Sarantuyaa Zandaryaa, Programme Specialist, Division of Water Sciences at IHP, UNESCO says:
“The portal is not only an important contribution to improved global water quality information, but also promotes science- and data-based decision-making on water quality, which will lead to sustainable water resource management towards achieving the SDGs. In view of scarce water quality information – both globally and nationally – the Portal will be a valuable tool to obtain water quality information, especially in remote areas and in developing regions (such as in Africa, Asia, Latin America, and Small Island Developing States) where there is a lack of water quality monitoring networks and laboratory capacity. It is also a decision-making tool and will help countries identify the most pressing water quality problems such as pollution hotpots. Hence, the portal will support national efforts for the implementation of water quality related SDG targets as well as for monitoring progress towards their realisation,”
The online portal will also help developing countries like Pakistan to build capacity and competence in their technical and administrative infrastructures. The maps in following figures shows:
Chlorophyll-a CHL an essential pigment included in phytoplankton cells and therefore a measure of phytoplankton. The displayed CHL is calculated from total scattering and total organic absorption of water constituents. Unit is [µg/l].
Harmful Algae Blooms (HAB) indicator shows possible areas affected by harmful algae blooms formed by cyanobacteria containing phycocyanin.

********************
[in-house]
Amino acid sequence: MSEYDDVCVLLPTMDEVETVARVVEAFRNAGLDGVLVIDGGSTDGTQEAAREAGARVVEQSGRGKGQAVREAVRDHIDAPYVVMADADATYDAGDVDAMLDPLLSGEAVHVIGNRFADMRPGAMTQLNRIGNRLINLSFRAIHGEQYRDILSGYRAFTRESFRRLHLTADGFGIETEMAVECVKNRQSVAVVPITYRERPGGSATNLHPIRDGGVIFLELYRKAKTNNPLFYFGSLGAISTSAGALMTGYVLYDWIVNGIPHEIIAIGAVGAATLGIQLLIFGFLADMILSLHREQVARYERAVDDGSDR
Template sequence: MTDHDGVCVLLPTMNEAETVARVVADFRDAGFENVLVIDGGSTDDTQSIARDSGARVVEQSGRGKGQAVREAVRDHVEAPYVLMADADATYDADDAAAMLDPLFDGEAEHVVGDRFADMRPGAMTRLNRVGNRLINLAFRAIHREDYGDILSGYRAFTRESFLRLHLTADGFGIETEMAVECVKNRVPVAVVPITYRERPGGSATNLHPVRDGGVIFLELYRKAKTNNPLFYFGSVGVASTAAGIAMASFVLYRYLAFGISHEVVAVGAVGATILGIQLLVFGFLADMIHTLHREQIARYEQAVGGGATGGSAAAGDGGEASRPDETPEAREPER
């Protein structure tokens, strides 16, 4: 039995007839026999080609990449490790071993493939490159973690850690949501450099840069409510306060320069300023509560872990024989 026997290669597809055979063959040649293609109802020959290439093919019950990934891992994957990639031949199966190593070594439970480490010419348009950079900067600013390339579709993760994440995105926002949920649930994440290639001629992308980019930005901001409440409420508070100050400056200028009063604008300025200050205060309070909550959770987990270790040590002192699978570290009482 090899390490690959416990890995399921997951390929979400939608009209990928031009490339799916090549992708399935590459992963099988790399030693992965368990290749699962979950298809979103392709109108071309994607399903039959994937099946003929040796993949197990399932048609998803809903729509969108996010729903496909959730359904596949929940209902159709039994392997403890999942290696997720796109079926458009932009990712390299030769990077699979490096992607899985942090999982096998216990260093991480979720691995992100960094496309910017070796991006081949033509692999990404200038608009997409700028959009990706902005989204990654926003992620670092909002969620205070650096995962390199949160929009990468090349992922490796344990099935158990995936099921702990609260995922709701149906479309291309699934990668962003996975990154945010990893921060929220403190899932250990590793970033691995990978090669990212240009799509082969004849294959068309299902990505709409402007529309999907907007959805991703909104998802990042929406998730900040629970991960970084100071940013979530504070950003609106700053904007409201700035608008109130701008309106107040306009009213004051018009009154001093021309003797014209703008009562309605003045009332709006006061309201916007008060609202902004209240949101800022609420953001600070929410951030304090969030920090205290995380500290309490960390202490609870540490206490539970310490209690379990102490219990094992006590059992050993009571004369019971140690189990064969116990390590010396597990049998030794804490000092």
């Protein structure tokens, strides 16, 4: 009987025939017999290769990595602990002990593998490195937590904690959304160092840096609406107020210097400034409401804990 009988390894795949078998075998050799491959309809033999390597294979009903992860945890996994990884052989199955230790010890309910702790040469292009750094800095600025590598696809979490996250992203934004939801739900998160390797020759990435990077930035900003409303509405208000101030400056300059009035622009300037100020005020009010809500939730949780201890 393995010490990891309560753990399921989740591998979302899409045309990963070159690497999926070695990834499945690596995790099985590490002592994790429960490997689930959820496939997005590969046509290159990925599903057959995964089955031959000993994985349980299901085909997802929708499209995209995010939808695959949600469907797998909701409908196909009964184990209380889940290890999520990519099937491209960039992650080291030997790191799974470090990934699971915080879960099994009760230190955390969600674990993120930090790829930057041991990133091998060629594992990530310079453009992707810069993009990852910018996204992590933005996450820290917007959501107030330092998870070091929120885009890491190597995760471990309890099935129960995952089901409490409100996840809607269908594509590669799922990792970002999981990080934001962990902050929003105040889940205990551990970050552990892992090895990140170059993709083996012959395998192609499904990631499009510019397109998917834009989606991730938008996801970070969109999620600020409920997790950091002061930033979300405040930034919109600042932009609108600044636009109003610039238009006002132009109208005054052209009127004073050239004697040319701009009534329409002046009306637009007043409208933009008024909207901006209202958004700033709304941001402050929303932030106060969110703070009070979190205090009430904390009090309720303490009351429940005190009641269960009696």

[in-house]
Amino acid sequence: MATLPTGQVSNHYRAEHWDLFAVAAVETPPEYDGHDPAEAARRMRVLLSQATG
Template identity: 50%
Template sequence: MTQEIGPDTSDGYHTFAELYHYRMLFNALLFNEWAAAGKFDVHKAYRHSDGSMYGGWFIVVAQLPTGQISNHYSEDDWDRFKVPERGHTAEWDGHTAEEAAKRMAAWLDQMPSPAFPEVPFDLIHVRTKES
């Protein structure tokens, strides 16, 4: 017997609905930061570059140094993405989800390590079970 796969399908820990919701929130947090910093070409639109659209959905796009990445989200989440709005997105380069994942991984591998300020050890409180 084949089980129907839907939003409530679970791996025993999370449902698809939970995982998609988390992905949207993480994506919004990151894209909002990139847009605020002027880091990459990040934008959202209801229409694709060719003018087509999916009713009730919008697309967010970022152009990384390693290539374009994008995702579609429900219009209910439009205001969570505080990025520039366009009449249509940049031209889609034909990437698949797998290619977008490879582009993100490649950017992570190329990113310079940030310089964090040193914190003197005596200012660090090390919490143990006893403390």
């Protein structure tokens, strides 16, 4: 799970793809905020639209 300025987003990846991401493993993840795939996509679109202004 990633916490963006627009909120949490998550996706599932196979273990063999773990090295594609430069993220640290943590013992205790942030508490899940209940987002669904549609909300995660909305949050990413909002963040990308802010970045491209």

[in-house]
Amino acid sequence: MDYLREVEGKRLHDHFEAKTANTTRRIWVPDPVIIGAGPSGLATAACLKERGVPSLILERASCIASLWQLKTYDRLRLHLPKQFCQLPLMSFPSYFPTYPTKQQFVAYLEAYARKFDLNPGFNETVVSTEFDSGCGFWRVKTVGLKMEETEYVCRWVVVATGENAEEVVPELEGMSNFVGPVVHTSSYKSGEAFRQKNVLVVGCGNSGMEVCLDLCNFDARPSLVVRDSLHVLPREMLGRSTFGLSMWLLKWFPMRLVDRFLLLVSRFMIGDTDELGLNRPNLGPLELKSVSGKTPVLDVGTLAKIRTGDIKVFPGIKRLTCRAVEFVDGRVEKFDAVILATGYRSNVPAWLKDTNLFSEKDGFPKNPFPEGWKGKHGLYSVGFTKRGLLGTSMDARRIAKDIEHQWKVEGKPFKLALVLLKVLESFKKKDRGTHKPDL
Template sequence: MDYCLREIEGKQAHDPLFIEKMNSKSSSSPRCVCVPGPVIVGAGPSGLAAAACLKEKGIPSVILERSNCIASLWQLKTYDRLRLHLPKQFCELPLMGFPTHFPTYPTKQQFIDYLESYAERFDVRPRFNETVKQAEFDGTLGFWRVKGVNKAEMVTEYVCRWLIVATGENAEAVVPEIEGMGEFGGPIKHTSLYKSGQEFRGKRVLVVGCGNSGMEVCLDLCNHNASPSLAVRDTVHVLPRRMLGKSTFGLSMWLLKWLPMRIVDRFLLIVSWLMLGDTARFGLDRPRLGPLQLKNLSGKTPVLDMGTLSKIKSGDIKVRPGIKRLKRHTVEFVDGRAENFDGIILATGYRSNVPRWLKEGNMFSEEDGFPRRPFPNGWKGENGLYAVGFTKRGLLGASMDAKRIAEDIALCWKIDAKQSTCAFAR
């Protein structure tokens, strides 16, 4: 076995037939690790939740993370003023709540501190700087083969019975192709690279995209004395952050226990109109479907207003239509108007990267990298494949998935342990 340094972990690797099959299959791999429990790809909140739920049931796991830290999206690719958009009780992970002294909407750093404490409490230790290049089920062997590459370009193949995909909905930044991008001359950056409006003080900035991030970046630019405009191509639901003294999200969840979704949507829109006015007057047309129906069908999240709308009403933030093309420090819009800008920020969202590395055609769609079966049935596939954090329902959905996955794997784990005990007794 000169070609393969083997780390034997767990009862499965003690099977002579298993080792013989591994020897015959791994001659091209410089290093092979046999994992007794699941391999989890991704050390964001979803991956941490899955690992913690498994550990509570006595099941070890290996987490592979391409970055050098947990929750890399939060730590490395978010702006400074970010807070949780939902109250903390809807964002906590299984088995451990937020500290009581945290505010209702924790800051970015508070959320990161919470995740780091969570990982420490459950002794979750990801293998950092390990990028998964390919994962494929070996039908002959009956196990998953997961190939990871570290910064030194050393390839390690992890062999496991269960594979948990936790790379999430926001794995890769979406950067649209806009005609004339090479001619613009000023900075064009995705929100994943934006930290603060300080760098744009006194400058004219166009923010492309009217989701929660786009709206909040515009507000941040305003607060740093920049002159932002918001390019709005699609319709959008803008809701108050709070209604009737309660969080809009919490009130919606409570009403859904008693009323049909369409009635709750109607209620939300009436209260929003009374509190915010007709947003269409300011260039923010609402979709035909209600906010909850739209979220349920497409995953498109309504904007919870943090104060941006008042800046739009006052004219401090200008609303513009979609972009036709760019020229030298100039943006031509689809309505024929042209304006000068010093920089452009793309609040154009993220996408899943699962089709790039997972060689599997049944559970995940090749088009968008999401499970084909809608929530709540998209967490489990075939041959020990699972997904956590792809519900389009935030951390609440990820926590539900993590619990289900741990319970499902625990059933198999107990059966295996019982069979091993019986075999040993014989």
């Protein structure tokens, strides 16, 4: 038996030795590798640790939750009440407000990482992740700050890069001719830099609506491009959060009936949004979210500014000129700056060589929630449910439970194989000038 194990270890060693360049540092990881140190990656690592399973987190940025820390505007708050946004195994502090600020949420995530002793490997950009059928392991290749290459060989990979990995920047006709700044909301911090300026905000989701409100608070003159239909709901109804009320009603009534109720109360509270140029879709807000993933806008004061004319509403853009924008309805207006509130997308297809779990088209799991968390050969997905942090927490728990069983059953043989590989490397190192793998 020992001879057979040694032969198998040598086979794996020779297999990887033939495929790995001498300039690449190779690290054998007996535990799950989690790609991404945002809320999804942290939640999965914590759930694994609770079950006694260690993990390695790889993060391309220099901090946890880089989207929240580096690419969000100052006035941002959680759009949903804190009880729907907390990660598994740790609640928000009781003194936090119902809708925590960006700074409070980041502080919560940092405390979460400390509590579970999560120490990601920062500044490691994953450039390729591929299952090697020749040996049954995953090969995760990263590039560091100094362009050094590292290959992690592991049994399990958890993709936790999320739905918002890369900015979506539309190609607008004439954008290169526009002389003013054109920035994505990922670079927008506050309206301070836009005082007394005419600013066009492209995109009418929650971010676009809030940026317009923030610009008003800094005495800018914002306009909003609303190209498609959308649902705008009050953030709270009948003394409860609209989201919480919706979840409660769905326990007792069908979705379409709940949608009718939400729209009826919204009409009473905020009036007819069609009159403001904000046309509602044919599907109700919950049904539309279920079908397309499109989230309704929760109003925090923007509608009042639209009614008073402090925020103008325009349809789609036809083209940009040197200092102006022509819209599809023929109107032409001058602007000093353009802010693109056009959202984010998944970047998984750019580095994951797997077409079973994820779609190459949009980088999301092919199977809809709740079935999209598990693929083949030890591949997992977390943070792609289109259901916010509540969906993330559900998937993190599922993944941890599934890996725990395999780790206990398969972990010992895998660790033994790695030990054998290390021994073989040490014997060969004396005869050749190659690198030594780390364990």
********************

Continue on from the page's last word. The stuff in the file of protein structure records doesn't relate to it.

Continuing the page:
Total Absorption (ABS) is the absorption of organic and anorganic of water components is provided as absorption unit in [1/m].
Turbidity measures the degree to which light is being backscattered by particles in the water.Turbidity caused by scattering of particles is provided in Formazine Turbidity Unit [FTU].
Figure: Karachi a Metropolitan city located on the coastline of Sindh province in southern Pakistan, along a natural harbour on the Arabian Sea. (1) Turbidity and (2) Chlorophyll-a.
Figure: The Jehlum river near Mandi Bhauddin in Punjab, Pakistan. (1) Chlorophyll-a , (2) HAB indicator (probability), (3) Total Absorption, and (4) Turbidity.
Figure: The Mangla Dam is a multipurpose dam located on the Jhelum River in the Mirpur District of Azad Kashmir. (1) Chlorophyll-a , (2) HAB indicator (probability), (3) Total Absorption, and (4) Turbidity.
Figure: Gomal Zam Dam is a multi-purpose gravity dam in South Waziristan Agency of Federally Administered Tribal Areas (FATA), Pakistan. (1) Chlorophyll-a , (2) HAB indicator (probability), (3) Total Absorption, and (4) Turbidity.